Media & PR

The press and the right of reply

On Liberal Democrat Voice we’ve often covered the work of the Press Complaints Commission (PCC), including the motion being proposed at party conference on it and a response to motion piece from the PCC itself.

It isn’t only on Liberal Democrat Voice that the PCC has been given a full column to express its views. Last week’s edition of the party’s newspaper, Liberal Democrat News, also contained a column from the Press Complaints Commission, this time in the form of its chair Baroness Buscombe.

On reading it I was moved to pen the following letter, which appears in the latest edition of the paper:

The size and prominence of PCC Chair Baroness Buscombe’s column in last week’s Liberal Democrat News highlights one of the major issues with current press self-regulation. She wanted to respond to points made about her organisation in a party conference motion and I’m glad to see that Lib Dem News gave her such space and prominence to do so. But look what happens in similar situations where it isn’t the Chair of the PCC and Lib Dem News but an ordinary member of the public and a national newspaper. A national newspaper’s response to getting stories wrong is still, far too often, to bury away a small, little apology long after the original story has appeared and been widely read.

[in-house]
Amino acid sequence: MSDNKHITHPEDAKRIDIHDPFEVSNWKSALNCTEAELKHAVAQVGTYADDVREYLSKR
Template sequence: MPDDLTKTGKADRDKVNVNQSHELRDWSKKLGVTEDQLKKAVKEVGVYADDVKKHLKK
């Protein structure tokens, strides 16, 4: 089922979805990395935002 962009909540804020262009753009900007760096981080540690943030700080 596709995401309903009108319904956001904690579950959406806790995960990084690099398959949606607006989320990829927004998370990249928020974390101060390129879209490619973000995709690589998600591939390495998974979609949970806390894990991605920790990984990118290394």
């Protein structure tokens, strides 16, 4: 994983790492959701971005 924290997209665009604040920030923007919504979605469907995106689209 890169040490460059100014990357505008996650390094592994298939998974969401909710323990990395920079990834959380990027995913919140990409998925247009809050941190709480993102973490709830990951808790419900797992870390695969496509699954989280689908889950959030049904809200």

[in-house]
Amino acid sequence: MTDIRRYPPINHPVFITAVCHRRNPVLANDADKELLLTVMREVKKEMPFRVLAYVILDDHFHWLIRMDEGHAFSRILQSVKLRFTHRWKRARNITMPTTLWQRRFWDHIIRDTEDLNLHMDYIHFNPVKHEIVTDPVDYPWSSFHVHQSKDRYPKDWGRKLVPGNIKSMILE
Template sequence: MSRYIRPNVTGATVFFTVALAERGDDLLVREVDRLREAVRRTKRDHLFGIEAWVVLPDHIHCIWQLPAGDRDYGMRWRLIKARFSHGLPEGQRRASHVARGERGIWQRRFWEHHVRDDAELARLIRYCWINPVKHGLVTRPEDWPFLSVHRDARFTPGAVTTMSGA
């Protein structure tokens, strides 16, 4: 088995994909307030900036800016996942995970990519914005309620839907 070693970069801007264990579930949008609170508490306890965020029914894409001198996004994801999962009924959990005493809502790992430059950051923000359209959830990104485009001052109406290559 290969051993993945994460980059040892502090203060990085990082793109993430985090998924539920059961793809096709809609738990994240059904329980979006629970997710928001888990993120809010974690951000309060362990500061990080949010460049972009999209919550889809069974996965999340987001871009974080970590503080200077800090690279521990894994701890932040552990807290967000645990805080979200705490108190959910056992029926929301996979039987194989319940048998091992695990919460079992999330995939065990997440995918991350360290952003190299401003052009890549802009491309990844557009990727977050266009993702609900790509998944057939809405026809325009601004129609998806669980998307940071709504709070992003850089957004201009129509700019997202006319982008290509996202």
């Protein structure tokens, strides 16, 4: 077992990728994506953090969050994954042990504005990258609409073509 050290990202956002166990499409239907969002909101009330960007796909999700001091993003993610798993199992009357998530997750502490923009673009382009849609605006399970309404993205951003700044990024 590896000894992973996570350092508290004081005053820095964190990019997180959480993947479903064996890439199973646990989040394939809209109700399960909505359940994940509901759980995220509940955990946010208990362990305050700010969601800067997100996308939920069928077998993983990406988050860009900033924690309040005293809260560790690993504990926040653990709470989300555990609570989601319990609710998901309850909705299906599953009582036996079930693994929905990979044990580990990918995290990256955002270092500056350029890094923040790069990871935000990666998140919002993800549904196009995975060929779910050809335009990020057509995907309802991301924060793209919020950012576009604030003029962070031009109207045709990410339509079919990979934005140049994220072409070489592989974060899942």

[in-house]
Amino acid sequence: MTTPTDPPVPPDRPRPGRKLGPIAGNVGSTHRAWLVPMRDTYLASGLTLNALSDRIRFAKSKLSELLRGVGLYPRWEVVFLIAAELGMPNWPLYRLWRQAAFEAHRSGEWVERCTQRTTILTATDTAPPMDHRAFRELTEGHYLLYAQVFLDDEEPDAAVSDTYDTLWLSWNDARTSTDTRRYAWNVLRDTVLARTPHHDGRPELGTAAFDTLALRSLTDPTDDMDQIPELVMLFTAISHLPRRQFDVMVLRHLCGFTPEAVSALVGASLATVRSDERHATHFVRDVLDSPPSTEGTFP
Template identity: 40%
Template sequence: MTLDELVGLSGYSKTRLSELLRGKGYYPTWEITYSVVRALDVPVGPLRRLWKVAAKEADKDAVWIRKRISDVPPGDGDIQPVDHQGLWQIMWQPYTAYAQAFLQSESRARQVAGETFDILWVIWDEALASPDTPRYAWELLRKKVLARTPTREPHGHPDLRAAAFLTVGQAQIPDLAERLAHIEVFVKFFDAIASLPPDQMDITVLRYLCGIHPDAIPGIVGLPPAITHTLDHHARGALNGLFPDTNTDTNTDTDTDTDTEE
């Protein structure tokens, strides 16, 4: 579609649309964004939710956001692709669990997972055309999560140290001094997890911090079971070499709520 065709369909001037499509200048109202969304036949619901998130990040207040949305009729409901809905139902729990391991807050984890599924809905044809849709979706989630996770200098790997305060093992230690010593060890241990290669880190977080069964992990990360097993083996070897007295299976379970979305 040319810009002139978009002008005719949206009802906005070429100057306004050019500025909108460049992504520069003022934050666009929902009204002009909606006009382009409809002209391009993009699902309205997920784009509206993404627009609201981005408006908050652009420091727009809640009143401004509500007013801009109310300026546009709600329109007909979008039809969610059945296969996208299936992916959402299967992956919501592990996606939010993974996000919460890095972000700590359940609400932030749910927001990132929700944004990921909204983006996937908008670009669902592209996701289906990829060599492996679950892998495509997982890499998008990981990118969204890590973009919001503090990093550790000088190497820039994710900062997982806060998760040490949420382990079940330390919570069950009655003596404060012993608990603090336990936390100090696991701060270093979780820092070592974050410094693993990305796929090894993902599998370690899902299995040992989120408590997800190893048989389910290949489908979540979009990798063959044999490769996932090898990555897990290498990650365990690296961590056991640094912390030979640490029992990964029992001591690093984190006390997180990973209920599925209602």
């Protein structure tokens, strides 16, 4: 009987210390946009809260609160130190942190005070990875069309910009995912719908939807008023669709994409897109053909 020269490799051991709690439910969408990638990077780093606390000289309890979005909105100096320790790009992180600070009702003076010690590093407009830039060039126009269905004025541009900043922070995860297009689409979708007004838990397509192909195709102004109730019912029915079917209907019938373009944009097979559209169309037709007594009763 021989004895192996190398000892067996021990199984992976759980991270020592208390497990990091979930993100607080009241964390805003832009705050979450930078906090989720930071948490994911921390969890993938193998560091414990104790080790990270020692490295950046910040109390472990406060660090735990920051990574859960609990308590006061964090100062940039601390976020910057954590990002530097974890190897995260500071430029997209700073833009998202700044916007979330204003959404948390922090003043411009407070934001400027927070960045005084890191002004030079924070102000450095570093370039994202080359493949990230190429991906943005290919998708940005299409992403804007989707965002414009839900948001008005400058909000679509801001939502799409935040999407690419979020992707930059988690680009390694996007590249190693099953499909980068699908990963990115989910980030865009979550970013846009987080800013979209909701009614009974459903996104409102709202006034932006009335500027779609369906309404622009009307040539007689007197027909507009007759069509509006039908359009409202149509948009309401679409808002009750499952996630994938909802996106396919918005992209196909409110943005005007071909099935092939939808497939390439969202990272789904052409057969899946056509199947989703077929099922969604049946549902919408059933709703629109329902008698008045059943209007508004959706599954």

Some newspapers, and some individual journalists, have shown how the world doesn’t end if you correct stories quickly and promptly and if you give significant column inches to people to respond. I hope Baroness Buscombe’s ability to get such prominence for her own views on this occasion encourages her to push the newspaper industry to give others the same space and consideration far more often in future too.

One of the examples I had in mind was my own experience of contacting the Evening Standard about errors, which has been broadly positive and, although not perfect, vastly better than many other newspapers.

Far too often the default position seems to be ignore emails pointing out factual errors.

Raising more newspapers to the Evening Standard‘s level and beyond should, in my view, be a key role for the Press Complaints Commission. That would of course require its role to be more as about raising standards overall rather than simply being the arbiter of individual complaints, but as I’ve argued before that is just the sort of change we should see.

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